A cautionary "Simpsons" and "Star Trek" analogy pretty much sums up the power of behavioral economics, said University of Chicago's Richard Thaler, who's widely regarded as the founding father of the discipline.
Traditional economic theory assumes a person is "super-rational, has no self-control problems, never has a hangover, saves exactly the right amount for retirement and then invests it perfectly," Thaler said Monday on CNBC's "Squawk Box."
"Some of my most boring colleagues may fit into that category, but the rest of the world is nothing like that," he continued. "We're more like Homer Simpson, than we are like Spock," referring to the very human failings of the Simpson's patriarch compared to the ever-logical Vulcan. (Tweet This)
"In myriad ways, we do things because we're human. We do things that are predictably different from what economists expect us to do," which can help inform better economic models and better monetary policy, Thaler said.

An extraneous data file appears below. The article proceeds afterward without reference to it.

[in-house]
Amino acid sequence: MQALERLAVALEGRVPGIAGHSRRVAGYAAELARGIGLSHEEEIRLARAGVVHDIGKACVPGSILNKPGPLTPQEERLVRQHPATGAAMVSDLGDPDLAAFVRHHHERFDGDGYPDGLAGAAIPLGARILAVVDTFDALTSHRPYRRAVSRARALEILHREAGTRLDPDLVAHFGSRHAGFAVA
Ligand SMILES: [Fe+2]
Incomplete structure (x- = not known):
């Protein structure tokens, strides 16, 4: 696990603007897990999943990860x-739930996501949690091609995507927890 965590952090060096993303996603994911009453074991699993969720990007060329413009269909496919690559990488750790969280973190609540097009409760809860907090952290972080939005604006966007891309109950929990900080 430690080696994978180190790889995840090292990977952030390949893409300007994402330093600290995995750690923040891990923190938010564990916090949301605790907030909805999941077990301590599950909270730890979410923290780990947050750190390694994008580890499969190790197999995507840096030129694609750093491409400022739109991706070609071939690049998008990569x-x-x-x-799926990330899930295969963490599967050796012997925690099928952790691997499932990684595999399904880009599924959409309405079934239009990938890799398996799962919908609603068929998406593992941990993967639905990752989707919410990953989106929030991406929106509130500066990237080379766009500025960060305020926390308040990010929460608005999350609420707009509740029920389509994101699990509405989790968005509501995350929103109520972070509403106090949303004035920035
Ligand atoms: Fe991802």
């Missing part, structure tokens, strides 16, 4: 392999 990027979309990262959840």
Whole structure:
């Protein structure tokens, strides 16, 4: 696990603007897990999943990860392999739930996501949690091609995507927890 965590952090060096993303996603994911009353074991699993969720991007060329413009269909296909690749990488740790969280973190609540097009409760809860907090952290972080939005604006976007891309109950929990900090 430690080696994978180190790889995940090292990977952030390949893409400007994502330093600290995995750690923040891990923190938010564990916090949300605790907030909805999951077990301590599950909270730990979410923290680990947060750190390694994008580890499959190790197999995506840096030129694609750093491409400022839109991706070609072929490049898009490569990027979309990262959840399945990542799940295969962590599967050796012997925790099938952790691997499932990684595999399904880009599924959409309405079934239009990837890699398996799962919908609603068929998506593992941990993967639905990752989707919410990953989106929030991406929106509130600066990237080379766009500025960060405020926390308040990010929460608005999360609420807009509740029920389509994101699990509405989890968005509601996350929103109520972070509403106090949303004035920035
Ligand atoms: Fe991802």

Behavioral factors in decision-making are on display in the stock market every day, the Booth School of Business professor said. "We had the 1987 crash and the tech bubble and the real estate bubble. Anyone who's been awake for the last 20 years has noticed that [stock] market prices don't always seem to be rational," he noted.
Another area of investing that has taken cues from the study of the gap between economics and psychology has been saving for retirement.
Thaler said that 401(k)s were modified to default to automatic enrollment, automatic escalation of savings, and well-designed default investment plans because people procrastinate and hate paperwork.
"If we grant that people are imperfect and that [for] most 20-somethings the last thing on their minds is retirement, then let's just make it easy," he said.